The word “blunder” is one of those nice words which means is a spectacularly bad decision or action. I have seen it used in “The Elements of Programming Style”, and feel that some programming faults are probably more aptly termed blunders. Things that you didn’t really mean to happen, they just did, and they usually aren’t all that hard to fix.
Let’s consider first a program to calculate the harmonic series:
To implement this equation would require an upper bound n, and a loop of some sort. Consider this code in C:
double harmonic; int k; for (k=1; k<=n; k=k+1) harmonic = harmonic + 1.0/k;
This simple program should work, if properly coded, but there is a small problem with this code. Can you see it? Look at the value of the variable harmonic inside the loop. It seems to be a successive sum of the various components of the harmonic series, up until n. But what happens when you run this program with the n=4. You get a result, which doesn’t exactly look right. Now try doing the math on paper, and compare answers.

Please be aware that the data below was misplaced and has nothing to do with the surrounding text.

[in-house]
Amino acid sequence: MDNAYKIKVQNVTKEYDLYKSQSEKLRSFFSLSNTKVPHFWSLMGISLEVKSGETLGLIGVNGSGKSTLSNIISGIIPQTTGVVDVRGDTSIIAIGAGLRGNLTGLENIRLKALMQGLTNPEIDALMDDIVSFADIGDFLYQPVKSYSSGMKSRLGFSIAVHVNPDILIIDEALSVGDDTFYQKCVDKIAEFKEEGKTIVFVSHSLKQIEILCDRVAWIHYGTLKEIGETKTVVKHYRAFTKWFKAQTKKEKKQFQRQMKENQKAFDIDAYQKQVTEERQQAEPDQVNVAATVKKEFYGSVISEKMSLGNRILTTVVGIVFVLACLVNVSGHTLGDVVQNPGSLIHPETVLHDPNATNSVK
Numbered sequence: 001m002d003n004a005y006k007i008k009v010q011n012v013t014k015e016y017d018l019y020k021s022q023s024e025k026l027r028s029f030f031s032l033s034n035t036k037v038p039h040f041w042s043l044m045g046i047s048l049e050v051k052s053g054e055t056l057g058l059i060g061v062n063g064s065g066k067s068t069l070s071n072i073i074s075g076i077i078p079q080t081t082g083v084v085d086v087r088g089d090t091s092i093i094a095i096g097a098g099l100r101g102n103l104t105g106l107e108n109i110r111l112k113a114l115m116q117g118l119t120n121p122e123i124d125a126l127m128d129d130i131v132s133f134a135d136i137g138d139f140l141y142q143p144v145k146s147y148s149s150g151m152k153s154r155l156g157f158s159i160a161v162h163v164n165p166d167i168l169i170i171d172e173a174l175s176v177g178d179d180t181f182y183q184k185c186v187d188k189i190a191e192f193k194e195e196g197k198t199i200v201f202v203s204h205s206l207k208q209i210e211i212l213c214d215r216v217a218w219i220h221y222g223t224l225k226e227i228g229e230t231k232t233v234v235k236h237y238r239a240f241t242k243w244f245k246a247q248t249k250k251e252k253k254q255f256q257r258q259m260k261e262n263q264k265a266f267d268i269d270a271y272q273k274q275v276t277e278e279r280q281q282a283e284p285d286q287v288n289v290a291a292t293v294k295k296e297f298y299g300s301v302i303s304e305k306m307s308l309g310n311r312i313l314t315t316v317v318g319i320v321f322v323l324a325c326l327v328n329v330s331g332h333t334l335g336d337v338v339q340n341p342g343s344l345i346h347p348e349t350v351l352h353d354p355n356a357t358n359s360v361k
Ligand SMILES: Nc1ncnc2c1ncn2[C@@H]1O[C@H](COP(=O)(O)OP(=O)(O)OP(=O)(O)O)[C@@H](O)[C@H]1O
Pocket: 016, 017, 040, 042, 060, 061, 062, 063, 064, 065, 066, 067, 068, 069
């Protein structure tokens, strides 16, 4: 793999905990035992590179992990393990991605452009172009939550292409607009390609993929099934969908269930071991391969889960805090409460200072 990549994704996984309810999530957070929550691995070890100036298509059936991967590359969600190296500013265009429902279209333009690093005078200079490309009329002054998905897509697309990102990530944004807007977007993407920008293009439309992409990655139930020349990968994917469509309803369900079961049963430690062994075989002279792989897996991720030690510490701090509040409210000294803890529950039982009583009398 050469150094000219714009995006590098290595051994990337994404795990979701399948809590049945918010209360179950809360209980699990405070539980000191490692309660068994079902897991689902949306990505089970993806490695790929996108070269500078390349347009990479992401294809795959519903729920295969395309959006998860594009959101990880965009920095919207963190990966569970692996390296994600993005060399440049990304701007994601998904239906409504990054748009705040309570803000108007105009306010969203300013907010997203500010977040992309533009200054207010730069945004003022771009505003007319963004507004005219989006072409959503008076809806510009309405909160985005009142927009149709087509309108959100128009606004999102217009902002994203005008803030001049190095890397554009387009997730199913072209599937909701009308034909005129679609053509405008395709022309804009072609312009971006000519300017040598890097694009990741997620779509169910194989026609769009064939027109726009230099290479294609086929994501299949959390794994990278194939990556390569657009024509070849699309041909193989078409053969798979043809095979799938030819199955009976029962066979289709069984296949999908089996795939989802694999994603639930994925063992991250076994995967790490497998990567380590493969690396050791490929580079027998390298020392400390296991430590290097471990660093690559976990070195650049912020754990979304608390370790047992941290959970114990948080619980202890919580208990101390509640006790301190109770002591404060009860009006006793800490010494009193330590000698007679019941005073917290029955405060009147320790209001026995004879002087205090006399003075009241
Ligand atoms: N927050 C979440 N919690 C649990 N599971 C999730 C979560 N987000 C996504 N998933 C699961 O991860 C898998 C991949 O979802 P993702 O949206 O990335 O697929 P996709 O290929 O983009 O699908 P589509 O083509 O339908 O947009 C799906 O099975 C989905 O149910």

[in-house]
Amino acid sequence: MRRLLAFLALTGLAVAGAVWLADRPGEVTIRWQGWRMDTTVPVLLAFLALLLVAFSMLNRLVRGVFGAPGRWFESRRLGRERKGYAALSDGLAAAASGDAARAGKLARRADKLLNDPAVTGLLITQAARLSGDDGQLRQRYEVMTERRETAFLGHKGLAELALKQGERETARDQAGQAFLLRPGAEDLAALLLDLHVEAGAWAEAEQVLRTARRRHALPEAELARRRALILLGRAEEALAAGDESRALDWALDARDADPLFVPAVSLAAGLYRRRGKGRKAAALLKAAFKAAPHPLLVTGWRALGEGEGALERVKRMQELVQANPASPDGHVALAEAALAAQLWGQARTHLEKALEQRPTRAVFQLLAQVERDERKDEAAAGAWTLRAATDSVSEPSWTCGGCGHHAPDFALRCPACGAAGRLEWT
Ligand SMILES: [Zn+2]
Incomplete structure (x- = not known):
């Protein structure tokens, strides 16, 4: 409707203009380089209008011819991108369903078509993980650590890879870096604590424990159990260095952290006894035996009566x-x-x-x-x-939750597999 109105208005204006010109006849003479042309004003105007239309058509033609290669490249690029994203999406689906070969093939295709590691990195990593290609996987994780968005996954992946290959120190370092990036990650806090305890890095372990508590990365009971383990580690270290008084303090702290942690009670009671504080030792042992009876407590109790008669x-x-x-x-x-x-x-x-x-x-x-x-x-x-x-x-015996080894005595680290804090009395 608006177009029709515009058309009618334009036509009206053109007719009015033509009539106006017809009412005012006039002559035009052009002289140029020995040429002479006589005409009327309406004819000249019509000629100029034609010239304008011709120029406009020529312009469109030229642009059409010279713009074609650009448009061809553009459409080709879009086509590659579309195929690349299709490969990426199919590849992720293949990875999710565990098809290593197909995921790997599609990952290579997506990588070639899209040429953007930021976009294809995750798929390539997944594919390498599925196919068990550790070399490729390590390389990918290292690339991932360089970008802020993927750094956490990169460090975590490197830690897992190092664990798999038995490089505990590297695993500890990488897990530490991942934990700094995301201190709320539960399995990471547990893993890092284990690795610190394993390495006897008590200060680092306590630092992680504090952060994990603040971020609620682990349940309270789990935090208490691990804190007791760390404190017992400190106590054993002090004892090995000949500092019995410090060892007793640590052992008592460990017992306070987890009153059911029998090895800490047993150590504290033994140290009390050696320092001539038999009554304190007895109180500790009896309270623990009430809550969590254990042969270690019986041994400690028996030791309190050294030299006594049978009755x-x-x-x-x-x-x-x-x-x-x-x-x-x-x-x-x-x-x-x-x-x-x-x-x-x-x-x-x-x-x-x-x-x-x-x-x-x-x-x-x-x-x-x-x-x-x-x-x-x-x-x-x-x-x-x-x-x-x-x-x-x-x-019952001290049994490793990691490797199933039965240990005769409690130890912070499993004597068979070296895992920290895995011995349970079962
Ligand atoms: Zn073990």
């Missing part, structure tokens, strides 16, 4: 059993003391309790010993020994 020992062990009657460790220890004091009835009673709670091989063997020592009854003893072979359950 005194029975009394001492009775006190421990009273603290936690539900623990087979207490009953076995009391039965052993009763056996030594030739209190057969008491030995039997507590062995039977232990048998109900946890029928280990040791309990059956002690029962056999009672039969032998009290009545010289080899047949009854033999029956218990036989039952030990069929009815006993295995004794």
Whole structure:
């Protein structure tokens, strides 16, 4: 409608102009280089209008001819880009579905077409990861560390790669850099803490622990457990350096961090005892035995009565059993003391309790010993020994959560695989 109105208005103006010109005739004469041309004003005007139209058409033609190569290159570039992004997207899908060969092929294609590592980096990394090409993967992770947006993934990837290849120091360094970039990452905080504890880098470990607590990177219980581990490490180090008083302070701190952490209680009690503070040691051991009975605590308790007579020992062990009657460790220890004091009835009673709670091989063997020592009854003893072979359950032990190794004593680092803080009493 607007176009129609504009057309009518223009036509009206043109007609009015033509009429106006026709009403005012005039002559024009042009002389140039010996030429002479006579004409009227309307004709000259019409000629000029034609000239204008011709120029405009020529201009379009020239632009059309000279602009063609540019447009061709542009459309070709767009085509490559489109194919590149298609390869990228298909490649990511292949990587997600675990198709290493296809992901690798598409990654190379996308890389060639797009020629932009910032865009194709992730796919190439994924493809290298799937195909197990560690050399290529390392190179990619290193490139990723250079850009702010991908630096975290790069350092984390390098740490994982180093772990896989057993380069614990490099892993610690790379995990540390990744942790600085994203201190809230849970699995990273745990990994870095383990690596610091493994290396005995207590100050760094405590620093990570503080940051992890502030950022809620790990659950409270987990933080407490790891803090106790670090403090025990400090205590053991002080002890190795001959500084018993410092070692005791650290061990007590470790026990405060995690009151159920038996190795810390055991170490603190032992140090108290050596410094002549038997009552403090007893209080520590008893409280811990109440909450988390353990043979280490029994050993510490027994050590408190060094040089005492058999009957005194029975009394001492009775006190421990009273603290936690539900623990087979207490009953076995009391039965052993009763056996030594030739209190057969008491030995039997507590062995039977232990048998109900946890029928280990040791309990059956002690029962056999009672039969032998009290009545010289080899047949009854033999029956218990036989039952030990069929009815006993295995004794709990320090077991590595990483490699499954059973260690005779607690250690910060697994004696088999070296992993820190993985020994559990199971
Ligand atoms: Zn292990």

If you now look through the code, you will notice that the variable harmonic has never been given an initial value. This is not a problem for most compilers, who will just assign harmonic a garbage number. This will be the initial value onto which the values of the harmonic series are added.